Microsurgery is a general term for surgery requiring an operating microscope. The most obvious developments have been procedures developed to allow anastomosis of successively smaller blood vessels and nerves (typically 1 mm in diameter) which have allowed transfer of tissue from one part of the body to another and re-attachment of severed parts.
The advances in the techniques and technology that popularized microsurgery began in the early 1960s. The first microvascular surgery, using a microscope to aid in the repair of blood vessels, was described by vascular surgeon, Jules Jacobson, of the University of Vermont in 1960. Using an otolaryngology microscope, he performed coupling of vessels as small as 1.4 mm and coined the term "microsurgery." Hand surgeons Kleinert and Kasdan performed the first revascularization of a partial digital amputation in 1963.
Nakayama, a Japanese cardiothoracic surgeon, reported the first true series of microsurgical free-tissue transfers using vascularized intestinal segments to the neck for esophageal reconstruction after cancer resections using 3-4mm vessels. 
Contemporary reconstructive microsurgery was introduced by an American, Dr. Harry J. Buncke. In 1964, Buncke reported a rabbit ear replantation, famously using a garage as a lab/operating theatre and home-made instruments. This was the first report of successfully using blood vessels 1 millimeter in size. In 1966, Buncke used microsurgery to transplant a primate's great toe to its hand.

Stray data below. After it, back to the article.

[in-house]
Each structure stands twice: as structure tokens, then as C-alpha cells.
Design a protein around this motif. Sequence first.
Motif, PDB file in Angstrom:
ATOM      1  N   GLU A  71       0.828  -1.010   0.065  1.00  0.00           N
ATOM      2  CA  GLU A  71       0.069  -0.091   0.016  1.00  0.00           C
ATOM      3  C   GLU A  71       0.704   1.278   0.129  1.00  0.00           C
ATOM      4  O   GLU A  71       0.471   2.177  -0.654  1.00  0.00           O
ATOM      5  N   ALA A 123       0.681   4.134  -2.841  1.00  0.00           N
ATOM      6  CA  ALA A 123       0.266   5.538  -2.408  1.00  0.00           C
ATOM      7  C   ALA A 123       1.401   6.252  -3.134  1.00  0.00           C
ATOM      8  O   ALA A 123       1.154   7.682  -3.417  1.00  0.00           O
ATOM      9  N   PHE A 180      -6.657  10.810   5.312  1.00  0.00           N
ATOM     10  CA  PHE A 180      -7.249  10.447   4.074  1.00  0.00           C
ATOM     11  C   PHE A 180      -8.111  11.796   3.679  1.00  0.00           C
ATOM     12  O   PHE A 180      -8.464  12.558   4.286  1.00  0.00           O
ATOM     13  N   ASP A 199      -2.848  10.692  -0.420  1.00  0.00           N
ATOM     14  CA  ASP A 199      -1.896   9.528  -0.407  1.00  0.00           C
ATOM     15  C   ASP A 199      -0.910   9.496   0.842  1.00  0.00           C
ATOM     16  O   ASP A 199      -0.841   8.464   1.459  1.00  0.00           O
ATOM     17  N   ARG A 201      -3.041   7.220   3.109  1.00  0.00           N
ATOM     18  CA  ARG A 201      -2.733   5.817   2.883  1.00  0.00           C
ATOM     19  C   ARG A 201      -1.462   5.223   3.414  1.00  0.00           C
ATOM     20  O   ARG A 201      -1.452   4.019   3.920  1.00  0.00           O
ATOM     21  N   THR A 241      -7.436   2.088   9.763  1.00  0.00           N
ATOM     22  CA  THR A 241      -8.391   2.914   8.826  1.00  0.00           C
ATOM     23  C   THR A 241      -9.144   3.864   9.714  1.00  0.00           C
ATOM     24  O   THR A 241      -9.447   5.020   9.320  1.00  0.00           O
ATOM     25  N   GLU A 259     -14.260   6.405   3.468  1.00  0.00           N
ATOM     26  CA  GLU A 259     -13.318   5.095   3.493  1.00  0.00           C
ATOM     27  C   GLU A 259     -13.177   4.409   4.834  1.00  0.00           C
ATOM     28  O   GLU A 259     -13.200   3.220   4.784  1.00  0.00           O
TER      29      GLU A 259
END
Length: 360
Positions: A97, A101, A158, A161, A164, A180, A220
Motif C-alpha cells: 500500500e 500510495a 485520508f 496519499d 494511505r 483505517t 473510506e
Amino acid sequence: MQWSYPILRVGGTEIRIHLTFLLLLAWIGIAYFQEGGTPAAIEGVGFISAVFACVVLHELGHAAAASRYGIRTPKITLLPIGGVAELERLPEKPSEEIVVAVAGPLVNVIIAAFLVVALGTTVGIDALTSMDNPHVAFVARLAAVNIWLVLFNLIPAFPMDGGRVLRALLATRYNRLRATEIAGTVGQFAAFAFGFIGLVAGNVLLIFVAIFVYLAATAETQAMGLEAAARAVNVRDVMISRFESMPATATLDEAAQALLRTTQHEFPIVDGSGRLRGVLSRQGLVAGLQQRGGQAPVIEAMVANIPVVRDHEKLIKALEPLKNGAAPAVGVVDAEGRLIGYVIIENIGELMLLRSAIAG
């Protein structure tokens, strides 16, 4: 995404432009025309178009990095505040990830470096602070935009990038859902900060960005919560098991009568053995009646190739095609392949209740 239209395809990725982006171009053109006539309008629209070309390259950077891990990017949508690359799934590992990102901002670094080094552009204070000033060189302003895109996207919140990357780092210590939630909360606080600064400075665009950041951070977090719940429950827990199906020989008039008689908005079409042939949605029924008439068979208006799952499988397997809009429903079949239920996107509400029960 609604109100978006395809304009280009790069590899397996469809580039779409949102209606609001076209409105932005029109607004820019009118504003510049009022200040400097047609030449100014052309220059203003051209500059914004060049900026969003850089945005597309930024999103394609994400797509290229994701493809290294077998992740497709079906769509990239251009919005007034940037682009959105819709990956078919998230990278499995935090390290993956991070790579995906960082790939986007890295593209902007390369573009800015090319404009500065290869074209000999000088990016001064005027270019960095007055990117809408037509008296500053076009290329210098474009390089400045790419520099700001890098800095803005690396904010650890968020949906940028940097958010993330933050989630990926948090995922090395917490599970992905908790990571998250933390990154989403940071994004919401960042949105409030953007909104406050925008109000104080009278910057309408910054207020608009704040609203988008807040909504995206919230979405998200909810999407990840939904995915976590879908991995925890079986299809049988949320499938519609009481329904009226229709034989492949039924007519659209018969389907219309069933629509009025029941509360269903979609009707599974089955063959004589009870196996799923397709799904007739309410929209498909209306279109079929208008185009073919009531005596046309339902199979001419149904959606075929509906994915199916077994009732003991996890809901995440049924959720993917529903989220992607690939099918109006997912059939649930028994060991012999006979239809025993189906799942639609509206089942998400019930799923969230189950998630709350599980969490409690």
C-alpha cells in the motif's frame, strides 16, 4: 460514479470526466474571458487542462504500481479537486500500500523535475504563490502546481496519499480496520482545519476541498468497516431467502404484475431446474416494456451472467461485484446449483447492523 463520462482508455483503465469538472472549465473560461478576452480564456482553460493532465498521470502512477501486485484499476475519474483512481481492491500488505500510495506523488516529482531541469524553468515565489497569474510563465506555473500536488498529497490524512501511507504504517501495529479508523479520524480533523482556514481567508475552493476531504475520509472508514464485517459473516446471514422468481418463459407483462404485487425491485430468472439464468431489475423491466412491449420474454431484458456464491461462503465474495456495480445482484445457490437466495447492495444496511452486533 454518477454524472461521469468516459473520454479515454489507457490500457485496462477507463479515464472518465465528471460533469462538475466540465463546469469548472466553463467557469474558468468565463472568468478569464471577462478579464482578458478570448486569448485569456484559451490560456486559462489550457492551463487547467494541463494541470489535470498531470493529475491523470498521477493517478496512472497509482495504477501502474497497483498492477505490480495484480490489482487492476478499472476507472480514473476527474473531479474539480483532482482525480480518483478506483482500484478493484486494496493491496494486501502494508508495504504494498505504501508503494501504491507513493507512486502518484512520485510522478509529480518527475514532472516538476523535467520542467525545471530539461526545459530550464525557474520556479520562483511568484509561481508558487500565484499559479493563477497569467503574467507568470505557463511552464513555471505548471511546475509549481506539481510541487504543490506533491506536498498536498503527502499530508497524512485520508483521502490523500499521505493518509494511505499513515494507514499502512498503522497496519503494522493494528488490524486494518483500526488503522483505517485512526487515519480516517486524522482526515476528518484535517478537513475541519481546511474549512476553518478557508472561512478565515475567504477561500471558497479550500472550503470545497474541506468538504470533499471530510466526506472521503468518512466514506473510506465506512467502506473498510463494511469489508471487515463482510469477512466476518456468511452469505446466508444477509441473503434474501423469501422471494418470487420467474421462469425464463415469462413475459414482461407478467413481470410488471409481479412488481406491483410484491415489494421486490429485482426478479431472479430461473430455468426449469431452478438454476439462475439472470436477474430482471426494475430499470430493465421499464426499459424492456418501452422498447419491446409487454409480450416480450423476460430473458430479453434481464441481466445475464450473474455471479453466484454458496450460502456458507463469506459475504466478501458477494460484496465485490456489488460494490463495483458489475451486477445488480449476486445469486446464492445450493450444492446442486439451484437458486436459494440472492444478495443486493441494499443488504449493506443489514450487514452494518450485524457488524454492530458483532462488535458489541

The late sixties and early 1970's ushered in many new microsurgical innovations that were previously unimaginable. The first human microsurgical transplantation of the great toe (big toe) to thumb was performed in April 1968 by Mr. John Cobbett, in England.  In Australia work by Dr. Ian Taylor  saw new techniques developed to reconstruct head and neck cancer defects with living bone from the hip or the fibula.
A number of surgical specialties now use microsurgical techniques. Otolaryngologists (ear, nose, and throat doctors) perform microsurgery on structures of the inner ear or the vocal cords. Cataract surgery, corneal transplants, and treatment of conditions like glaucoma are performed by ophthalmologists. Urologists and gynecologists can frequently now reverse vasectomies and tubal ligations to restore fertility.
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